BRIEF DESCRIPTION OF THE DRAWINGS

FIG. 1 illustrates a flow control valve and related hydraulic circuitry of an Allison automotive transmission, modified in accordance with the present invention;

FIG. 2 illustrates a C2 clutch pack of an Allison automotive transmission, modified in accordance with the present invention;

FIG. 3 illustrates a A Trim Valve and related structural components and hydraulic circuitry of an Allison automotive transmission, modified in accordance with the present invention;

FIG. 4 illustrates a B Trim Valve and related structural components and hydraulic circuitry of an Allison automotive transmission, modified in accordance with the present invention; and

FIG. 5 illustrates a modification to the embodiments of the invention illustrated by FIGS. 3 and 4 of the drawings.

DESCRIPTION OF THE BEST MODES FOR CARRYING OUT THE INVENTION

The present invention is directed to modifications of the structural components and hydraulic circuitry of a “factory installed” Allison automotive transmission to improve its overall operation and efficiency. The structure, hydraulic circuitry, and operation of the “factory installed” Allison automotive transmission, 1000/2000/2400. Series, is known to persons skilled in the automotive transmission art. The structural components, hydraulic circuitry, and operation of the Allison automotive transmission, 1000/2000/2400 Series, is fully disclosed in a publication entitled Allison Transmission, Principles of operation, 1000/2000/2400 Series, On-Highway Transmissions, published by General Motors Corporation, Copyright 1999, the disclosure of said publication being expressly incorporated by reference, in its entirety, into the present patent specification.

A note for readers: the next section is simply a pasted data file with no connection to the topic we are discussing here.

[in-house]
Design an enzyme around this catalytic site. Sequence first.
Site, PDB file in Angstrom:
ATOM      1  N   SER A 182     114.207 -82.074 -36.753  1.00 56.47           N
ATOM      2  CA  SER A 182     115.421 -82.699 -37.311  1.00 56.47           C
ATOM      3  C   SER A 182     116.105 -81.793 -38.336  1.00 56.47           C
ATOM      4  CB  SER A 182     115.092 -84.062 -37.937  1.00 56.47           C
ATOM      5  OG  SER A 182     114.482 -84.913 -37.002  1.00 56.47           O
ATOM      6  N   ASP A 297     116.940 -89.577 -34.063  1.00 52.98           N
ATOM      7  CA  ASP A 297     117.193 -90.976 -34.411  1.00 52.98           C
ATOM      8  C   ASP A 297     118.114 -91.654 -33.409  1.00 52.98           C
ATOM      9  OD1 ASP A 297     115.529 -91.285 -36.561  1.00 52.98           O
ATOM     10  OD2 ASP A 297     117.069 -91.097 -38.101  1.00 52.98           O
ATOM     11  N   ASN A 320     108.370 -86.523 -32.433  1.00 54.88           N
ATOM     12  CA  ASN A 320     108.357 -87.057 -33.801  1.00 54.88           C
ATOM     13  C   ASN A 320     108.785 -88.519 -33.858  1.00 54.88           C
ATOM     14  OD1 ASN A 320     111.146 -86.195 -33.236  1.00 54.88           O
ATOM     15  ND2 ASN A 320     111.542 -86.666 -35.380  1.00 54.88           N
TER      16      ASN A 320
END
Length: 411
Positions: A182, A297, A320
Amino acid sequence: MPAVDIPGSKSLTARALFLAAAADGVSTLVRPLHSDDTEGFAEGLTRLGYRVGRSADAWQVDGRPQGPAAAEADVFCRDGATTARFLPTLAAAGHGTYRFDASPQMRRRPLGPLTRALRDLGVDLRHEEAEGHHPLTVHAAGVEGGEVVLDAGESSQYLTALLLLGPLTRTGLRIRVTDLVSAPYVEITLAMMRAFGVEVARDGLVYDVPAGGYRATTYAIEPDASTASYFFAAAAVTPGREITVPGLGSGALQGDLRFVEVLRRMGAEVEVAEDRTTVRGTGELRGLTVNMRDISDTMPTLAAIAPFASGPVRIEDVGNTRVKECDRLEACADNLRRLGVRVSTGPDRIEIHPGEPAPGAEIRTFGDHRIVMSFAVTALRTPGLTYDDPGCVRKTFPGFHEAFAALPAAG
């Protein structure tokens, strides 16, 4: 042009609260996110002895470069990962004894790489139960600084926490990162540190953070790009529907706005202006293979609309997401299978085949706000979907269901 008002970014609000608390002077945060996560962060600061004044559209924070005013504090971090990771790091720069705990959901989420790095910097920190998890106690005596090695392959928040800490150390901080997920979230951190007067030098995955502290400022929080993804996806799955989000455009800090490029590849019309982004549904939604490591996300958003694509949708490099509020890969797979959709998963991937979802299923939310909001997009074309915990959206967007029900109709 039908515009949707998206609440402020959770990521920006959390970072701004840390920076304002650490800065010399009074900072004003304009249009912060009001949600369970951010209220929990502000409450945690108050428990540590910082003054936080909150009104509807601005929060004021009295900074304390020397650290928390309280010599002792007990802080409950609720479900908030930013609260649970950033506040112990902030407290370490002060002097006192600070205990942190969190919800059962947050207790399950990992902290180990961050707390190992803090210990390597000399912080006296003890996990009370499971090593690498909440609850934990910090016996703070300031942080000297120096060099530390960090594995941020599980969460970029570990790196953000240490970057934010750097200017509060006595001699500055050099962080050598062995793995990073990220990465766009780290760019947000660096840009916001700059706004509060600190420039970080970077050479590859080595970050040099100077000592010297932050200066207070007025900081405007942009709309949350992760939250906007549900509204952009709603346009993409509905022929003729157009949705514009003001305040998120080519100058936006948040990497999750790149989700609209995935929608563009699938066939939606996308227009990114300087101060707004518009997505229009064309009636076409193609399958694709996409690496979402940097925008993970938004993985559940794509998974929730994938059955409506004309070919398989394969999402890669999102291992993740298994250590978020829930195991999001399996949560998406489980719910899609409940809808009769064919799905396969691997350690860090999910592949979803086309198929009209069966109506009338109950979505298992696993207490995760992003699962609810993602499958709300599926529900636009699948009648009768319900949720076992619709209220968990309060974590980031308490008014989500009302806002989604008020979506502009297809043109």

FIG. 1 of the drawing illustrates a portion of the hydraulic system of a “factory installed” Allison automotive transmission, modified in accordance with a first aspect of the present invention. A flow control valve, generally designated by reference numeral 2, is shown stroked down in a lockup position. In the “factory installed” transmission, when the flow control valve is in its lockup position, TCC (torque converter control) oil flows into an orifice, designated by reference numeral 4, and through a fluid channel or passageway, designated by reference numeral 6, defined within the flow control valve. Fluid flowing through the channel 6 exits the flow control valve and enters a TCC signal circuit, designated by reference numeral 8. The inlet end of circuit 8 intersects, and is in fluid communication with, an outlet of the channel 6. The fluid flowing through the TCC signal circuit 8 is applied to the second land of a pressure regulator valve (not shown in FIG. 1) to reduce line pressure. In the “factory installed” ALLISON TRANSMISSION, when the flow control valve is in its lockup position, line pressure is limited to a maximum of 150 pounds per square inch (psi).